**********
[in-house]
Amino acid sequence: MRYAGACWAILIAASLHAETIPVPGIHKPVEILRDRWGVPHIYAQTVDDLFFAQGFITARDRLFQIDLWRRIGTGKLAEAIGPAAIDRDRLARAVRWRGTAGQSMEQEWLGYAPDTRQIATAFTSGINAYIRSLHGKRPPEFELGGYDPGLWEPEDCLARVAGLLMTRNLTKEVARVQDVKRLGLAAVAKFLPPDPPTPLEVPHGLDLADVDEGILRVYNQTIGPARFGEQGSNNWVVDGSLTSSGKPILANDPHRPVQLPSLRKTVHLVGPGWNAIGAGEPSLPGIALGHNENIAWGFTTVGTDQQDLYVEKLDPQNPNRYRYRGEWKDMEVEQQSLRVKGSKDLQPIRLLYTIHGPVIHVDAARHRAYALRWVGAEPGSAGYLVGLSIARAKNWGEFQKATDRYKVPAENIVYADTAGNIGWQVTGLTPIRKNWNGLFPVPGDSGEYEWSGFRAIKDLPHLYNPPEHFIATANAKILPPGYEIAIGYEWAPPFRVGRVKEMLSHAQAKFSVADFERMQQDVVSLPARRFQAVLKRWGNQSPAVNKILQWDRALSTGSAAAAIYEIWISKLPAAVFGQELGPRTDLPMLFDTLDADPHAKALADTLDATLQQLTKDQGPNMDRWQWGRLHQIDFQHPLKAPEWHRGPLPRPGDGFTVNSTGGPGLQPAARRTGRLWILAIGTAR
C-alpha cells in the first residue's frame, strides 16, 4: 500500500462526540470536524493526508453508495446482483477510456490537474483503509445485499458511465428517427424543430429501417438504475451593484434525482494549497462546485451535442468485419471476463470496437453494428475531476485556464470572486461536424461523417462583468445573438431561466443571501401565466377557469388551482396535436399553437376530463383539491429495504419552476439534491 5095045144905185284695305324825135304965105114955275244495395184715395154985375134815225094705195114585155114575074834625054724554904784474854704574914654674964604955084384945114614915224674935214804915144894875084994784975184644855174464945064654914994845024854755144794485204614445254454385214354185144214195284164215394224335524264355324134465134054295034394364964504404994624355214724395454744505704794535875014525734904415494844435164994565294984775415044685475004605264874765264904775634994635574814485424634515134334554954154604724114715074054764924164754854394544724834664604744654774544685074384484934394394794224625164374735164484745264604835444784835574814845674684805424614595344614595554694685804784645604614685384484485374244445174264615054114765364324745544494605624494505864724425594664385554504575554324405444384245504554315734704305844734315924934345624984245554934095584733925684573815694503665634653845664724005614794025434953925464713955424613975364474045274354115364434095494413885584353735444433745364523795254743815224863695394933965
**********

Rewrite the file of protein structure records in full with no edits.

[in-house]
Amino acid sequence: MRYAGACWAILIAASLHAETIPVPGIHKPVEILRDRWGVPHIYAQTVDDLFFAQGFITARDRLFQIDLWRRIGTGKLAEAIGPAAIDRDRLARAVRWRGTAGQSMEQEWLGYAPDTRQIATAFTSGINAYIRSLHGKRPPEFELGGYDPGLWEPEDCLARVAGLLMTRNLTKEVARVQDVKRLGLAAVAKFLPPDPPTPLEVPHGLDLADVDEGILRVYNQTIGPARFGEQGSNNWVVDGSLTSSGKPILANDPHRPVQLPSLRKTVHLVGPGWNAIGAGEPSLPGIALGHNENIAWGFTTVGTDQQDLYVEKLDPQNPNRYRYRGEWKDMEVEQQSLRVKGSKDLQPIRLLYTIHGPVIHVDAARHRAYALRWVGAEPGSAGYLVGLSIARAKNWGEFQKATDRYKVPAENIVYADTAGNIGWQVTGLTPIRKNWNGLFPVPGDSGEYEWSGFRAIKDLPHLYNPPEHFIATANAKILPPGYEIAIGYEWAPPFRVGRVKEMLSHAQAKFSVADFERMQQDVVSLPARRFQAVLKRWGNQSPAVNKILQWDRALSTGSAAAAIYEIWISKLPAAVFGQELGPRTDLPMLFDTLDADPHAKALADTLDATLQQLTKDQGPNMDRWQWGRLHQIDFQHPLKAPEWHRGPLPRPGDGFTVNSTGGPGLQPAARRTGRLWILAIGTAR
C-alpha cells in the first residue's frame, strides 16, 4: 500500500462526540470536524493526508453508495446482483477510456490537474483503509445485499458511465428517427424543430429501417438504475451593484434525482494549497462546485451535442468485419471476463470496437453494428475531476485556464470572486461536424461523417462583468445573438431561466443571501401565466377557469388551482396535436399553437376530463383539491429495504419552476439534491 5095045144905185284695305324825135304965105114955275244495395184715395154985375134815225094705195114585155114575074834625054724554904784474854704574914654674964604955084384945114614915224674935214804915144894875084994784975184644855174464945064654914994845024854755144794485204614445254454385214354185144214195284164215394224335524264355324134465134054295034394364964504404994624355214724395454744505704794535875014525734904415494844435164994565294984775415044685475004605264874765264904775634994635574814485424634515134334554954154604724114715074054764924164754854394544724834664604744654774544685074384484934394394794224625164374735164484745264604835444784835574814845674684805424614595344614595554694685804784645604614685384484485374244445174264615054114765364324745544494605624494505864724425594664385554504575554324405444384245504554315734704305844734315924934345624984245554934095584733925684573815694503665634653845664724005614794025434953925464713955424613975364474045274354115364434095494413885584353735444433745364523795254743815224863695394933965